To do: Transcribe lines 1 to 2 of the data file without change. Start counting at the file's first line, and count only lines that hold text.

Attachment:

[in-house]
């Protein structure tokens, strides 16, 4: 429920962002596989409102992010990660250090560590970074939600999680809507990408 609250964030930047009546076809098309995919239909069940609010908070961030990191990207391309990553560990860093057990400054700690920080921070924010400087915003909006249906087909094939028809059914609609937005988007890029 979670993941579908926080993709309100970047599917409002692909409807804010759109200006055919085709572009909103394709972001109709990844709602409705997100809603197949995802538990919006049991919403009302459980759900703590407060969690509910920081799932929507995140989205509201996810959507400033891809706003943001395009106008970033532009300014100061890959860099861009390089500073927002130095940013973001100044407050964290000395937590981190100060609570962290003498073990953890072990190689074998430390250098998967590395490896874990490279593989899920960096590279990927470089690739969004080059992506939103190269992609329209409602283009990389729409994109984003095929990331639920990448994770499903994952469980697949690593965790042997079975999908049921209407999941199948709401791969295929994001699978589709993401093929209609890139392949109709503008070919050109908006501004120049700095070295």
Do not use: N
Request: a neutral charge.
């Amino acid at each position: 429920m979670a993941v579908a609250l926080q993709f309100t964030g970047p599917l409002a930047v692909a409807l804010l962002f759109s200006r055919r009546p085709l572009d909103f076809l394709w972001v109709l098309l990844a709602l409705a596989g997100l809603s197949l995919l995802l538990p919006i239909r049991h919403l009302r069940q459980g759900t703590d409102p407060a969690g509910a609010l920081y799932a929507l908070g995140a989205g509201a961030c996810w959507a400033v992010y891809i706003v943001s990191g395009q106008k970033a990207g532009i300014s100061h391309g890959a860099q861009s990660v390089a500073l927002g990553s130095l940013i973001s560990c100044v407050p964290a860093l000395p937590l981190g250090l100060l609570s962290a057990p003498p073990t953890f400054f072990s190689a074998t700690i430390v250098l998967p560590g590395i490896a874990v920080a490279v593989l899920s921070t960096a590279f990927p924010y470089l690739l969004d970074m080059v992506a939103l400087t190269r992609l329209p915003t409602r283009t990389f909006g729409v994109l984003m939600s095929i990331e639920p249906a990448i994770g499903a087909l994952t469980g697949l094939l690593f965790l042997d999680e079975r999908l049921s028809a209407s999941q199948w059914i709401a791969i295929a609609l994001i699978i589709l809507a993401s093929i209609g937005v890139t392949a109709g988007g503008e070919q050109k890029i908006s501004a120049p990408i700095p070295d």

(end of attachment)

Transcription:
[in-house]
């Protein structure tokens, strides 16, 4: 429920962002596989409102992010990660250090560590970074939600999680809507990408 609250964030930047009546076809098309995919239909069940609010908070961030990191990207391309990553560990860093057990400054700690920080921070924010400087915003909006249906087909094939028809059914609609937005988007890029 979670993941579908926080993709309100970047599917409002692909409807804010759109200006055919085709572009909103394709972001109709990844709602409705997100809603197949995802538990919006049991919403009302459980759900703590407060969690509910920081799932929507995140989205509201996810959507400033891809706003943001395009106008970033532009300014100061890959860099861009390089500073927002130095940013973001100044407050964290000395937590981190100060609570962290003498073990953890072990190689074998430390250098998967590395490896874990490279593989899920960096590279990927470089690739969004080059992506939103190269992609329209409602283009990389729409994109984003095929990331639920990448994770499903994952469980697949690593965790042997079975999908049921209407999941199948709401791969295929994001699978589709993401093929209609890139392949109709503008070919050109908006501004120049700095070295």